Una Heaton Conor McCourt with his father Malachy and children Cole and Gus Picture: Michael Cowhey
LIMERICK'S Arts community has been dealt a blow with the news the Frank McCourt Museum is to close its doors on October 30.
The museum, located on Harstonge Street, was established in 2011 by the artist Una Heaton but in a social media post, she announced its closure.
"It is definitely closing, I can't afford the rent, rates or insurance anymore," she told the Leader, while praising her landlord for being as supportive as he could in the past two years.
"I tried so hard, I gave it all I had and the McCourt family have been brilliant, Frank's brothers and Ellen too.
"I reckon Frank is probably up in heaven now saying, "That's Limerick!" His ashes are here in the museum, his presence really pervades the building and it has meant so much to people in the last 10 years.
"People from Limerick who said they hated the book, came in and gained a new appreciation for Frank and his writing. I have 10 visitors books full of lovely comments," she added.
I am incredibly saddened to hear of the impending closure of @fmccourtmuseum. This is due to inability to fund staffing and bills. I guess there are a loads of spaces for culture out in the suburbs though according to our @FineGael mayor ♀️ pic.twitter.com/mt0c8DjZbG— Cllr Elisa O'Donovan (@elisaodonovan) September 27, 2019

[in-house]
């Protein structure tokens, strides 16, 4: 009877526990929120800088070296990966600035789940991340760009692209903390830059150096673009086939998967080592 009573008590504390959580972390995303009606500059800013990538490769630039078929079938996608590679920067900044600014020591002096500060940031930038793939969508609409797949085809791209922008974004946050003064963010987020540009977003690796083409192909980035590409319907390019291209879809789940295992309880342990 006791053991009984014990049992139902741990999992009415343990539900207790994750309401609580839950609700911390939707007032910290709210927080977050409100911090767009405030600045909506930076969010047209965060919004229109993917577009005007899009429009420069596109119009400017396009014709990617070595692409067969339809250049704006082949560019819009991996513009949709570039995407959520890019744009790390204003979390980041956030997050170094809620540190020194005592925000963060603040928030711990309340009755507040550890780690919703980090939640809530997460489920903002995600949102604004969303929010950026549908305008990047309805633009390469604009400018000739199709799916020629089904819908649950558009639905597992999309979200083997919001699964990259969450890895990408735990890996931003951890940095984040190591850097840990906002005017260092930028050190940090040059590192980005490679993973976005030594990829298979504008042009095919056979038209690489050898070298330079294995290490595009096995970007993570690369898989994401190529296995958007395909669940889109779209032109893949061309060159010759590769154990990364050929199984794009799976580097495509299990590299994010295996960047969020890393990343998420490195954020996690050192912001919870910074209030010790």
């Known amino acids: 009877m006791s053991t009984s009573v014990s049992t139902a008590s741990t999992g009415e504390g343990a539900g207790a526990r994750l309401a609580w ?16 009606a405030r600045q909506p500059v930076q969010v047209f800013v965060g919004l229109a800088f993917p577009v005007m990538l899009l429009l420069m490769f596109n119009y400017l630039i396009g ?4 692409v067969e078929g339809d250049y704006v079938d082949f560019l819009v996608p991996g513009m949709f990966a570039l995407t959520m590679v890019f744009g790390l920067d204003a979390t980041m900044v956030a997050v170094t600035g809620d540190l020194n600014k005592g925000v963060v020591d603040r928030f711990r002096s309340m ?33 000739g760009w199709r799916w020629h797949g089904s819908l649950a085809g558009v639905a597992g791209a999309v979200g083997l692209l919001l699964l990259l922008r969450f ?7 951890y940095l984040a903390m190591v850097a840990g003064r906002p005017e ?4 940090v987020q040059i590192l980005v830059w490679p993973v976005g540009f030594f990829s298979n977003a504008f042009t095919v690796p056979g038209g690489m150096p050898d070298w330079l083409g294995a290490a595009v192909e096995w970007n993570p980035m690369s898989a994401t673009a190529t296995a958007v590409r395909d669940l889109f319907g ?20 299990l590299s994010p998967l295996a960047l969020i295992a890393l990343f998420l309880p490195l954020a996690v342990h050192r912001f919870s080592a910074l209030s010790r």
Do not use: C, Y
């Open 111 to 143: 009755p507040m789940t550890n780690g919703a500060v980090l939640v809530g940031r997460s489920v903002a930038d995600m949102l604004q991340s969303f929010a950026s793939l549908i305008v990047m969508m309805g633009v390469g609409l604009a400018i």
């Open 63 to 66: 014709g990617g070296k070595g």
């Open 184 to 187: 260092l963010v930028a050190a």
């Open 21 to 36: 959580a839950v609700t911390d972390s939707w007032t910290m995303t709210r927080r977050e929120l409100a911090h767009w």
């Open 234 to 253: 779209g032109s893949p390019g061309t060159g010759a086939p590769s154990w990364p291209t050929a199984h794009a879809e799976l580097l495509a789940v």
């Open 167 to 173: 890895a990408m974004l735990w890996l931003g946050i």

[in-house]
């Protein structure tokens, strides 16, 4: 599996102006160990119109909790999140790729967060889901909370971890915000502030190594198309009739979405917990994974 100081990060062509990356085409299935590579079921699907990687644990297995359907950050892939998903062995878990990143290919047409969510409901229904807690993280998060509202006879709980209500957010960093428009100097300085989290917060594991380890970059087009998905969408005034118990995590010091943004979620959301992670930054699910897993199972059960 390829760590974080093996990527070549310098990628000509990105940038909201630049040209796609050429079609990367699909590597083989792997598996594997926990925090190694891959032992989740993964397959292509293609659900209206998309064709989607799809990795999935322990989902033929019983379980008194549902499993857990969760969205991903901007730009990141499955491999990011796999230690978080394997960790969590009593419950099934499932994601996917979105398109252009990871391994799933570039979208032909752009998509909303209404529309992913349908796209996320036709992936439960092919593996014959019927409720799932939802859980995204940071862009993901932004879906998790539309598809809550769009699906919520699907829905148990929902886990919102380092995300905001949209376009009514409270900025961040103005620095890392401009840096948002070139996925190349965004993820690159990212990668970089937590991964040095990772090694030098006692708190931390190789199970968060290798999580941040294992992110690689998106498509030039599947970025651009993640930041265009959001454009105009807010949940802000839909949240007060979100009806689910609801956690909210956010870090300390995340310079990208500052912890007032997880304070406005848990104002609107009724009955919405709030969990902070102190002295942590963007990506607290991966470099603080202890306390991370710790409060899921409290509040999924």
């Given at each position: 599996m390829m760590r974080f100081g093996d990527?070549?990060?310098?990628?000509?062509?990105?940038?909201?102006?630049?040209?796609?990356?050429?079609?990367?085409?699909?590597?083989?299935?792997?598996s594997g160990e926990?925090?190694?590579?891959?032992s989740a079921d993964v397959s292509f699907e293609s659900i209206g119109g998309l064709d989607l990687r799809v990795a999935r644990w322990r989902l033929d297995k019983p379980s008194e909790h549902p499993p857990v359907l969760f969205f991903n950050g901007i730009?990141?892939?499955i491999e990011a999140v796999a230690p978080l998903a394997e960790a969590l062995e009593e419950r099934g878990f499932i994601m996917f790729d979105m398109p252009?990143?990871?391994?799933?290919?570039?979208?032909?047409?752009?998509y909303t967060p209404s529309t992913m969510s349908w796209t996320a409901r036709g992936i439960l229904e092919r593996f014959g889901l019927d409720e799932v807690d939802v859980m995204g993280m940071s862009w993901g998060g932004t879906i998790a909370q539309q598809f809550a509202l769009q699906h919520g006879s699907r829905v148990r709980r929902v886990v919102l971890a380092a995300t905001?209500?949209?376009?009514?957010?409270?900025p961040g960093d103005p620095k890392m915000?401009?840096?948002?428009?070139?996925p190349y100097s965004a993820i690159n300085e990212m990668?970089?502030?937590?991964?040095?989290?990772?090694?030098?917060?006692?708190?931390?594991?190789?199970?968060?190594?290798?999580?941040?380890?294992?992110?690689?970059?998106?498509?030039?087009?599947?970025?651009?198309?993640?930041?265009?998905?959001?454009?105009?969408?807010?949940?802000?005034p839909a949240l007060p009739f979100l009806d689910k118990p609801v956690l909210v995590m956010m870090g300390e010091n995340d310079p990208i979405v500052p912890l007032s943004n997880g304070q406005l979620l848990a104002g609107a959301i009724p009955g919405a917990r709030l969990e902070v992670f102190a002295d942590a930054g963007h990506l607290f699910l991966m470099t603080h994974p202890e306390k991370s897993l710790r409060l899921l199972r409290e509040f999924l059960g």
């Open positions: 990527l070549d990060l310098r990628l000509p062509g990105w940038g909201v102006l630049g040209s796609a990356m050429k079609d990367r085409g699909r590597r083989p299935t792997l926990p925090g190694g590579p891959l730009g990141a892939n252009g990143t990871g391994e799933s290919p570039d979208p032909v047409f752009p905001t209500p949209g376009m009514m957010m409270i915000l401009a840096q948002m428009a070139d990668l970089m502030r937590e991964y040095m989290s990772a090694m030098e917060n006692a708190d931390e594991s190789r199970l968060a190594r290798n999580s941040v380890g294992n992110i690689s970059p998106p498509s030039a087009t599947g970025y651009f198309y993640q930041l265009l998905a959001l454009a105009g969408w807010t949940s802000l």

Since the announcement yesterday evening, there have been 3,000 messages of support online.
"We hope your memories will stay with you for a long time as will mine," the post read, while reminding visitors that "our doors will be open for another month to welcome our final visitors."
The attraction was crticially acclaimed, ranking at number two of museums to visit in Limerick and number six of things to do in Limerick City on TripAdvisor.
It offered walking tours of Limerick inspired by McCourt's upbringing, which was brought to international prominence with the seminal novel Angela's Ashes and the 1999 Alan Parker film.
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